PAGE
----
Jannick Piskorski, Review of Ada Arendt, Paweł Majewski, Kornelia Sobczak und Marcin Bogucki: The Chopin Games, ed. by Paweł Majewski, Warsaw: Wydawnictwa Uniwersytetu Warszawskiego 2021.

Originally published in Die Tonkunst, Januar 2023, Jg. 17 (2023), Heidelberg, S. 97-98.

Translated by Jannick Piskorski

The multi-authored book The Chopin Games provides insights into the history of the International Chopin Competition, one of the most prominent music competitions in the world held every five years in Warsaw. The competition promoted the careers of numerous pianists such as Martha Argerich, Krystian Zimerman and Li Yundi. Ada Arendt, Paweł Majewski, Kornelia Sobczak and Marcin Bogucki examine the debates and controversies that accompanied the competitions. They do not consider their book as a detailed historical account, but as a work oriented towards musicological as well as cultural and social discourse. The authors dedicate one essay to each competition up to the year 2015. These contributions are framed by an introduction, a summary, and an index of persons.

Paweł Majewski reconstructs the atmosphere of the first three Chopin competitions that took place in the Second Polish Republic between 1927 and 1937. In doing so, he draws on previously unpublished sources. Majewski emphasizes the importance of race and nationality in the public reception of the competitions, which found its crystallization point in anti-Semitism. A further point that he makes is the exoticizing, tendentially pejorative portrayal of Soviet citizens in the Polish press, which contrasts the continuous success of Soviet pianists. Furthermore, Majewski interprets the success of the Japanese Chieko Hara in 1937, the audience favourite of the third competition, as the first emancipation of an Asian woman in the sphere of the Chopinists (p. 86f.). Hara’s playing, however, was perceived as a contrast to her Asian ethnicity. Thus, she did not appear as a representative of an equal Asian culture, but as a woman who could interpret and feel Chopin despite her Asian ethnicity.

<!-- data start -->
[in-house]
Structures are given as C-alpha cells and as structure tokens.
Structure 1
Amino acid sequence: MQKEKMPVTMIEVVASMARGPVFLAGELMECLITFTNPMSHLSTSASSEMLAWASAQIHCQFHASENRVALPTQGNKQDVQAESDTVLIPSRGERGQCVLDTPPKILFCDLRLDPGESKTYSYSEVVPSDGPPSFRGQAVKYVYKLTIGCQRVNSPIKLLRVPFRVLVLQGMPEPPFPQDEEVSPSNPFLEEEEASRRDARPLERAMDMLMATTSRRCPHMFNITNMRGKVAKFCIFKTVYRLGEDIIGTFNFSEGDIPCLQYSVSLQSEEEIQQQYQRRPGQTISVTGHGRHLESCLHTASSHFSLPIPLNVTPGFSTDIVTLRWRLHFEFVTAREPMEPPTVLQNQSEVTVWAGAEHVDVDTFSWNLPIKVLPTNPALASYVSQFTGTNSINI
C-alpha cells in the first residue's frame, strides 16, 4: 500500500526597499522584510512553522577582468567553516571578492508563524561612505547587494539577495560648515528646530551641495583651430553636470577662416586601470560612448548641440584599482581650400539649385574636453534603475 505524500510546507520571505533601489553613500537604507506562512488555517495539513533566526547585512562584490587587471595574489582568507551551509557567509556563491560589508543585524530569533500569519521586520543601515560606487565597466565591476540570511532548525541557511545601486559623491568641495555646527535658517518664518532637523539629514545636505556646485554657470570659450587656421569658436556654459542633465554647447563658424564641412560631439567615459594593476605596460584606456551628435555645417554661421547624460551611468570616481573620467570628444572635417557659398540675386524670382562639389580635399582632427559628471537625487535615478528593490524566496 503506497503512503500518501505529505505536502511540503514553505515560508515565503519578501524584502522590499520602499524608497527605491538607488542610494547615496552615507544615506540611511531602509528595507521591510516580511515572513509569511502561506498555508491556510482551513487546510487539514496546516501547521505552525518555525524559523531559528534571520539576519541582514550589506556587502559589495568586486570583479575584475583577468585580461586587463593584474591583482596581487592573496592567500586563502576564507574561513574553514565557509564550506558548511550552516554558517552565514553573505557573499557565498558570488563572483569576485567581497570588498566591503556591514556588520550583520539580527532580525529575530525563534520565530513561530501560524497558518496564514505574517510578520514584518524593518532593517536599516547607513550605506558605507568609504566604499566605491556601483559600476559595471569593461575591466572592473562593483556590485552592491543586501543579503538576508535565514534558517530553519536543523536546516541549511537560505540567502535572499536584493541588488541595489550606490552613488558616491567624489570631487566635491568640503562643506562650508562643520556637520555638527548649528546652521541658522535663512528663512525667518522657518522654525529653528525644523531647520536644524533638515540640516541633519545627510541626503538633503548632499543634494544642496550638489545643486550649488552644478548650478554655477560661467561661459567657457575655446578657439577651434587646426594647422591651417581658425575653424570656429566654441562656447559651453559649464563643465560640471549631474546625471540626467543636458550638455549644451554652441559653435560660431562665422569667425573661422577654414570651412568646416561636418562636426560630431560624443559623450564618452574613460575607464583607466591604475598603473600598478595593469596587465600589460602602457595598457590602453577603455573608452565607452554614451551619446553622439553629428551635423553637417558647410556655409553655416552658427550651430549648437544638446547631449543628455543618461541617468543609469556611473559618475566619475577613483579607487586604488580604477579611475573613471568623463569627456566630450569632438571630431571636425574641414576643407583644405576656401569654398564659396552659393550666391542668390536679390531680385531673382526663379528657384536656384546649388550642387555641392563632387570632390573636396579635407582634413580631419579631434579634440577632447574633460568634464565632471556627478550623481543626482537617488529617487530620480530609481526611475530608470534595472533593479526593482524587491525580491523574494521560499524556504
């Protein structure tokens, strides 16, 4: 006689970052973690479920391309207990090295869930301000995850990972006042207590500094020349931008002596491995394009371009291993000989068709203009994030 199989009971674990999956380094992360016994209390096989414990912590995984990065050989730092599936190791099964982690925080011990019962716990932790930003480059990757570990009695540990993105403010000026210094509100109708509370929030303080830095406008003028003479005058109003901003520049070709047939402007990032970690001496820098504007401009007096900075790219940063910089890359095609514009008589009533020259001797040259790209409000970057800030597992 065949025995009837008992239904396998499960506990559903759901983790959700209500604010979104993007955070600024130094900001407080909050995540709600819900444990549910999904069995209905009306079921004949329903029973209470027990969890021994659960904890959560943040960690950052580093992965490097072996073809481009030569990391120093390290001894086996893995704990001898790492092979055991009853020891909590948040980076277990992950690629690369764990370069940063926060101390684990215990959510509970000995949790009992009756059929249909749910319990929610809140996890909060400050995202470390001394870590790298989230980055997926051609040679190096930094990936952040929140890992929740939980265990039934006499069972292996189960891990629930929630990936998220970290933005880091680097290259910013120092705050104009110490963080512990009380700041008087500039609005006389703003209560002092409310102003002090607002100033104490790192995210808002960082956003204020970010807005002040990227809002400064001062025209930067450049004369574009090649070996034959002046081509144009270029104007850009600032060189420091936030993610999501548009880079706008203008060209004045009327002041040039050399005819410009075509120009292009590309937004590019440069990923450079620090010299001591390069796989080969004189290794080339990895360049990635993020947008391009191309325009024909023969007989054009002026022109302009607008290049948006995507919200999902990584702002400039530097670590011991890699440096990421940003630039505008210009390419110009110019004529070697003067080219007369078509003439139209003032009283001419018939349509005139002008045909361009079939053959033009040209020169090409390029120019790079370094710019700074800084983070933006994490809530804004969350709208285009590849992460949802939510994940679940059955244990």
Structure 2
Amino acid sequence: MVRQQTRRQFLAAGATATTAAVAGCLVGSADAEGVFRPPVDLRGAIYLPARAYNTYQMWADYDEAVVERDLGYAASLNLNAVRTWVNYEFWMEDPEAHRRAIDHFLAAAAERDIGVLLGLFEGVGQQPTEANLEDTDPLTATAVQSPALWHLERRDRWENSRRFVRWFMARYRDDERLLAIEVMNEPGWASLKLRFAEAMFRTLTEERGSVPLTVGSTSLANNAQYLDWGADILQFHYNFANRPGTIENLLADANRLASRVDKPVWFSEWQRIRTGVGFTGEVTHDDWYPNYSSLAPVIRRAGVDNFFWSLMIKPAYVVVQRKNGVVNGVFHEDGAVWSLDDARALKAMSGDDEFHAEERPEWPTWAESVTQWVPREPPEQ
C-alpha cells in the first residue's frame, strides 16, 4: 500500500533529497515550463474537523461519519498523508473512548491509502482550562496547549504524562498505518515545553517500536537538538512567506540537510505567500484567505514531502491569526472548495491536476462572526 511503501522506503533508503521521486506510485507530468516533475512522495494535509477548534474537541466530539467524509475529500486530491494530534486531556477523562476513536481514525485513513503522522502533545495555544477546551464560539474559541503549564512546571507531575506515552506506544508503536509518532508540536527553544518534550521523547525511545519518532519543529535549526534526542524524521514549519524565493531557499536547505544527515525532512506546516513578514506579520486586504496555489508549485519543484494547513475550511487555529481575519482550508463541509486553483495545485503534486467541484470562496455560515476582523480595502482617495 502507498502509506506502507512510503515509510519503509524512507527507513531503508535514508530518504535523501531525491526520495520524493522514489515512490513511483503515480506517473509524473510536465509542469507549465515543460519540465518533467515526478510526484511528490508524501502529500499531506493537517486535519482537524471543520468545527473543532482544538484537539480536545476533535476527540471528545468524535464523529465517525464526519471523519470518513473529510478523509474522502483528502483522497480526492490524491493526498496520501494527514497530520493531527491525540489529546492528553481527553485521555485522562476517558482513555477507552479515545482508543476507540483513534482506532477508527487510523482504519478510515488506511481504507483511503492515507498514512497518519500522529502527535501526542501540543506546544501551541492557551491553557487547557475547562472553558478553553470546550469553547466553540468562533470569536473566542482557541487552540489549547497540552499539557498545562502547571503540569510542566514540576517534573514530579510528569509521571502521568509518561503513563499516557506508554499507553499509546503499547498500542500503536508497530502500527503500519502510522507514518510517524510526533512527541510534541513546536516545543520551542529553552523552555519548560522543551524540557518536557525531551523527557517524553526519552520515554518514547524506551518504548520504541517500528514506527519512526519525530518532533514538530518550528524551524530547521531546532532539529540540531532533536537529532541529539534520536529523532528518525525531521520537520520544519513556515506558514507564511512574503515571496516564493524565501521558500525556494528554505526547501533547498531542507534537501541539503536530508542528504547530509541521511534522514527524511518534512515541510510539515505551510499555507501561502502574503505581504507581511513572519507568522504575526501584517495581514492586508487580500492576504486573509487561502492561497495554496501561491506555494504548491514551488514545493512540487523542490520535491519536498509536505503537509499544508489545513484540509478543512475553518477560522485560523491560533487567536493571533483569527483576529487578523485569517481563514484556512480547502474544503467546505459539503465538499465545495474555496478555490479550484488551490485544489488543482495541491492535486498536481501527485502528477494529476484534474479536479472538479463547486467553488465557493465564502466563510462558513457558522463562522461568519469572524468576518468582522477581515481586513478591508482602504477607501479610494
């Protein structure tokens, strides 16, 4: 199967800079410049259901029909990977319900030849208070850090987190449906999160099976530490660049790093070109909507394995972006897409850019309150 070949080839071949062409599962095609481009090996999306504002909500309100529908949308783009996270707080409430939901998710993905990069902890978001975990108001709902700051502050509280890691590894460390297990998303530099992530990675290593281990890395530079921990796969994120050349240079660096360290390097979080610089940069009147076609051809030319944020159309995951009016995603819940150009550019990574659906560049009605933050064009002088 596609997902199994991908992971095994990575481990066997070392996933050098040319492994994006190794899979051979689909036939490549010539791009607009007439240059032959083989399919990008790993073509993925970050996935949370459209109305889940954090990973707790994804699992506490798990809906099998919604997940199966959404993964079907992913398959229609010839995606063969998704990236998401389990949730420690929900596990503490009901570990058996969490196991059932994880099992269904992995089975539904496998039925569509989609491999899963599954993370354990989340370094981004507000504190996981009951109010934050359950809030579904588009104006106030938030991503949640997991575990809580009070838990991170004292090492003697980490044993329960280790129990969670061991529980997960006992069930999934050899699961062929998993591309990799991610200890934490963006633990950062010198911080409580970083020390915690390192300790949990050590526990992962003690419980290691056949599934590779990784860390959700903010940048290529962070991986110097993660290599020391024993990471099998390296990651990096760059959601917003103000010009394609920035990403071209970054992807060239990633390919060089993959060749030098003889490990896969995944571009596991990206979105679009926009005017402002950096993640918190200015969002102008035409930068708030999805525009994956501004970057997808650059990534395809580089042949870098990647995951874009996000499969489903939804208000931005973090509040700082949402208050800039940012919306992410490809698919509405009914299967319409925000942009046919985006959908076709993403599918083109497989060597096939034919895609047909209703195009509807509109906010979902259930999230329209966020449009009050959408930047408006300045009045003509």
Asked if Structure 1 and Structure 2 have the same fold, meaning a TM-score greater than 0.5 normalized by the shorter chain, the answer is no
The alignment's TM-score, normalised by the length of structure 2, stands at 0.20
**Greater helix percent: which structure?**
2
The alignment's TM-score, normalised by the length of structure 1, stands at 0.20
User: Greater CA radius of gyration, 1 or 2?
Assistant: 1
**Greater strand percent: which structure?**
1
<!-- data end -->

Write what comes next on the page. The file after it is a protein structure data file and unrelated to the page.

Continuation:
Ada Arendt describes the first four competitions in the People’s Republic of Poland between 1949 and 1965. While the two winners of 1949 were predetermined politically (p. 131f.), according to Arendt, a noticeable depoliticization of the competition occurred in 1960 (p. 169). Arendt analyses press reports and memoirs as well as posters, cartoons, short films, surveys, and literature (e.g., by Witold Gombrowicz). She also addresses sexist press coverage of women (pp. 182f.). The essay on the competition in 1960 includes, among other things, source excerpts on the perception of Artur Rubinstein, who represented the intellectual Polonia, Polish Jewry, and as an American citizen the capitalist system. Unfortunately, the article does not include sources on the Iranian Tania Achot-Haroutounian, who won the 3rd Prize in 1960. Reports about Achot-Haroutounian would have been interesting for further research about Orientalism in socialist Poland.